BACKGROUND: Surgical site infection is one of the most common and significant morbidities following colon and rectal surgery, representing a marker of institutional quality. Various measures have been implemented to lower its incidence. However, the level of incidence remains unacceptable in many reports.
OBJECTIVE: This study addresses whether surgical site infections can be accurately predicted in an outpatient clinical setting among patients undergoing elective colon and rectal surgery.
DESIGN: This investigation was designed as a retrospective cohort study with the use of logistic regression modeling.
SETTINGS: Data for this study were extracted from the American College of Surgeons National Surgical Quality Improvement Program Participant user data file.
PATIENTS: Patients undergoing elective intraabdominal colorectal surgery during 2009 were included.
MAIN OUTCOME MEASURES: The primary outcome measured was the probability of 30-day surgical site infection (superficial and deep incisional).
RESULTS: A total of 18,403 records for patients with colorectal surgery were identified. Superficial incisional surgical site infections were identified in 1447 records (7.86%). Deep incisional surgical site infections were identified in 278 records (1.51%). Body mass index, preoperative hematocrit, open approach, ASA classification level, smoking, alcohol use, functional status before surgery, and age more than 75 years were identified as likely independent predictors of deep and superficial surgical site infections. Multivariable logistic regression analysis was used to develop a series of predictive models. Reduced versions of the models were then developed that included only highly statistically significant predictors of infection in the corresponding full models (age, alcohol abuse, ASA classification, stoma closure, open approach, BMI, and hematocrit). Nomograms representing the final reduced model equations are presented.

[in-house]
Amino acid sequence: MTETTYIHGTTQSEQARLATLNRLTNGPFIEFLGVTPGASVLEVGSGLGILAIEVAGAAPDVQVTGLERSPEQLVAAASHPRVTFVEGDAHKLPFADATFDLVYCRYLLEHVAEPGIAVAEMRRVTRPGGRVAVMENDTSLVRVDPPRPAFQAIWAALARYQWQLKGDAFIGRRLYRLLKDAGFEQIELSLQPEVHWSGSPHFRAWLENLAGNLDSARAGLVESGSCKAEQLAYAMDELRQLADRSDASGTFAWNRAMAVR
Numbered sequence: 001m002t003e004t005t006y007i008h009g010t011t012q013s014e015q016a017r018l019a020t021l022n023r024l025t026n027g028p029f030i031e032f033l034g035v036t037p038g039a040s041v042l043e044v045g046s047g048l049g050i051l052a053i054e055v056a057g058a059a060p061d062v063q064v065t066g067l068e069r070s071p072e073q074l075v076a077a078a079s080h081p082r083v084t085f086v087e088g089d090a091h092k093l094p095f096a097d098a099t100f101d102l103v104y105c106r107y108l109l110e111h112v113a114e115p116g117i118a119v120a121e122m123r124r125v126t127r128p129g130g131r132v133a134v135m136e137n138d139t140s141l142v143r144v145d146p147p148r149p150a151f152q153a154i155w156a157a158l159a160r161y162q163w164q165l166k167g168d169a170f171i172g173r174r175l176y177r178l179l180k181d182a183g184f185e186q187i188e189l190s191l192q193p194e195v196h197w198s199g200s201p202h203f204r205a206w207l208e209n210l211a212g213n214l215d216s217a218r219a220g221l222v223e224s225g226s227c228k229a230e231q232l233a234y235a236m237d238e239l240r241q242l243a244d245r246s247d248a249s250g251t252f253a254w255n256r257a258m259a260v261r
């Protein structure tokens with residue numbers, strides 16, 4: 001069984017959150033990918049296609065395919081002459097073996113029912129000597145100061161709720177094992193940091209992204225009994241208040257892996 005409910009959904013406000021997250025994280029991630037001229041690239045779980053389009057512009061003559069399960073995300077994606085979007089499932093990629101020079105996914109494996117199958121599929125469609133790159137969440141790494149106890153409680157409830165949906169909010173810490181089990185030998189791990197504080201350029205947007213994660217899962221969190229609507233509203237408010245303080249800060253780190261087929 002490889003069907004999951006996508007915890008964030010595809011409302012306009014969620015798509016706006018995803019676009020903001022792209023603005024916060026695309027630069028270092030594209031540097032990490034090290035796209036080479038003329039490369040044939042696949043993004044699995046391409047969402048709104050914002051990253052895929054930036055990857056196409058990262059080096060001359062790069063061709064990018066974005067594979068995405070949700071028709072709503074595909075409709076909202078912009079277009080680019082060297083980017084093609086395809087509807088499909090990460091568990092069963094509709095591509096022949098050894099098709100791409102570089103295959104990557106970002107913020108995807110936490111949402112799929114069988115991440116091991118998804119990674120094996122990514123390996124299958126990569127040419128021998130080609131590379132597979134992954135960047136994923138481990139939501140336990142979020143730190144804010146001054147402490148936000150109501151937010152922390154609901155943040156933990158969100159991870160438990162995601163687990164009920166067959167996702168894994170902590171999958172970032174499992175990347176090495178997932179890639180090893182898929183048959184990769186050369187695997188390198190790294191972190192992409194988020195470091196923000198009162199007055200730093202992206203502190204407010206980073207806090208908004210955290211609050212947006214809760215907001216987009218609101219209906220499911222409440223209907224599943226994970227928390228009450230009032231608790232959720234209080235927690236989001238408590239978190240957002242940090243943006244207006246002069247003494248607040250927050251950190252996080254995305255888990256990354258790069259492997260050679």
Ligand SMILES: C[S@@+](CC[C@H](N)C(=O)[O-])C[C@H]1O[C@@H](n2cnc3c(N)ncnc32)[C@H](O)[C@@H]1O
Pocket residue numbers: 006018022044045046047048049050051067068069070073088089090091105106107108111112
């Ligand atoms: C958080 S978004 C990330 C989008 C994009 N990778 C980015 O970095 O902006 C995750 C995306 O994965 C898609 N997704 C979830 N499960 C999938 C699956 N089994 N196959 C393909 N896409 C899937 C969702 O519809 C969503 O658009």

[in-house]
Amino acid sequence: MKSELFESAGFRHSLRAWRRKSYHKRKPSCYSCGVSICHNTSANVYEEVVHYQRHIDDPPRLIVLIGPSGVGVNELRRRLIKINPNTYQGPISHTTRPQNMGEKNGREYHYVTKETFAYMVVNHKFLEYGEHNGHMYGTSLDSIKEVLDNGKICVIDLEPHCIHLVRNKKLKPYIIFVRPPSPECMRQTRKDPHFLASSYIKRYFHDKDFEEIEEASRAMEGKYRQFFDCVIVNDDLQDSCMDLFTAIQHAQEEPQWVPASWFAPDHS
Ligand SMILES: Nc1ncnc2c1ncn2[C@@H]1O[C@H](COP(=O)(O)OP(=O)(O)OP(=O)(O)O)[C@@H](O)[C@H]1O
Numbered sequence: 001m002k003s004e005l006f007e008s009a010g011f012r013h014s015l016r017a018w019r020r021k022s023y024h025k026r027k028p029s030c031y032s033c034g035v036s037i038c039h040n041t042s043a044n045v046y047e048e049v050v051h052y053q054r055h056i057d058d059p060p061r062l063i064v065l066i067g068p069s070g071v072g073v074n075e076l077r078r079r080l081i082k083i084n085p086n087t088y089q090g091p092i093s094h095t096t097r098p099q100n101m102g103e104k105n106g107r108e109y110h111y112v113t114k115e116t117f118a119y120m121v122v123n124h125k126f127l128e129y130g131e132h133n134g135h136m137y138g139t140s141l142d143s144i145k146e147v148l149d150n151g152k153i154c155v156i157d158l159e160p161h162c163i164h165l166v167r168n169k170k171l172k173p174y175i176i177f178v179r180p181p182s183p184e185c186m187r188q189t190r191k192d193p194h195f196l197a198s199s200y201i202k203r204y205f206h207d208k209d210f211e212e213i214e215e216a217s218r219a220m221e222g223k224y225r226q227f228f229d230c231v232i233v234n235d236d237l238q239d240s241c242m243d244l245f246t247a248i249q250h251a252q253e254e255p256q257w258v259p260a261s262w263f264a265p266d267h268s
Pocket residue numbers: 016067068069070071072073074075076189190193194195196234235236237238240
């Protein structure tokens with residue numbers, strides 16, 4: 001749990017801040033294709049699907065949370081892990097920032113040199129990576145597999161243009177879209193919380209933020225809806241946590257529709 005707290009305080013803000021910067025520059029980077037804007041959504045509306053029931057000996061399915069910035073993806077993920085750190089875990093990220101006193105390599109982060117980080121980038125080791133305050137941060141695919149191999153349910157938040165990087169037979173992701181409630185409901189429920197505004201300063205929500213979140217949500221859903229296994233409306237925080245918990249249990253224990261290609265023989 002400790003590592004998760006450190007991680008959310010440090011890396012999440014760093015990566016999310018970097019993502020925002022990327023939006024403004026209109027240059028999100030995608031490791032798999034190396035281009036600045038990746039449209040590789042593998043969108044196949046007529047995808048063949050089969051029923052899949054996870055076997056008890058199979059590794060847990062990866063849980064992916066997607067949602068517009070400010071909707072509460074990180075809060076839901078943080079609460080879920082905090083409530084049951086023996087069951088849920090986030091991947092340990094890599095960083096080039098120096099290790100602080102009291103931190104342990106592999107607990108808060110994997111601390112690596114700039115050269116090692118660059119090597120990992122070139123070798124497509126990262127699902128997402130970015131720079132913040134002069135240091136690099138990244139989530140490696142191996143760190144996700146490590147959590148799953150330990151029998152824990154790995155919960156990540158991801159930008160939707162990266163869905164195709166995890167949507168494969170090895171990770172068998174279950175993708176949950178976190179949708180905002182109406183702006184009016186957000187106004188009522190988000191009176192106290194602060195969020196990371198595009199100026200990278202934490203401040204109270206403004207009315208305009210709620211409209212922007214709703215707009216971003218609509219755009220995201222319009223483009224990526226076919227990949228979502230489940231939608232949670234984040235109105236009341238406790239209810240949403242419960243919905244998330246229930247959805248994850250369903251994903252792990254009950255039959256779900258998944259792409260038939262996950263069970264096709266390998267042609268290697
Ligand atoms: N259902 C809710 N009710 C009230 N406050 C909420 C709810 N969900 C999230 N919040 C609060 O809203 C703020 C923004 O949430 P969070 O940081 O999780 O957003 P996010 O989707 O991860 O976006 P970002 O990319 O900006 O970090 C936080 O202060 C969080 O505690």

LIMITATIONS: This study was limited by the use of an administrative database and its retrospective design.
CONCLUSIONS: Surgical site infection is common morbidity following colon and rectal surgery. Nomograms using key patient characteristics can be used to accurately calculate a patients’ risk of surgical site infection. This tool could be applied in the clinical setting to prospectively identify patients at highest risk of surgical site infection.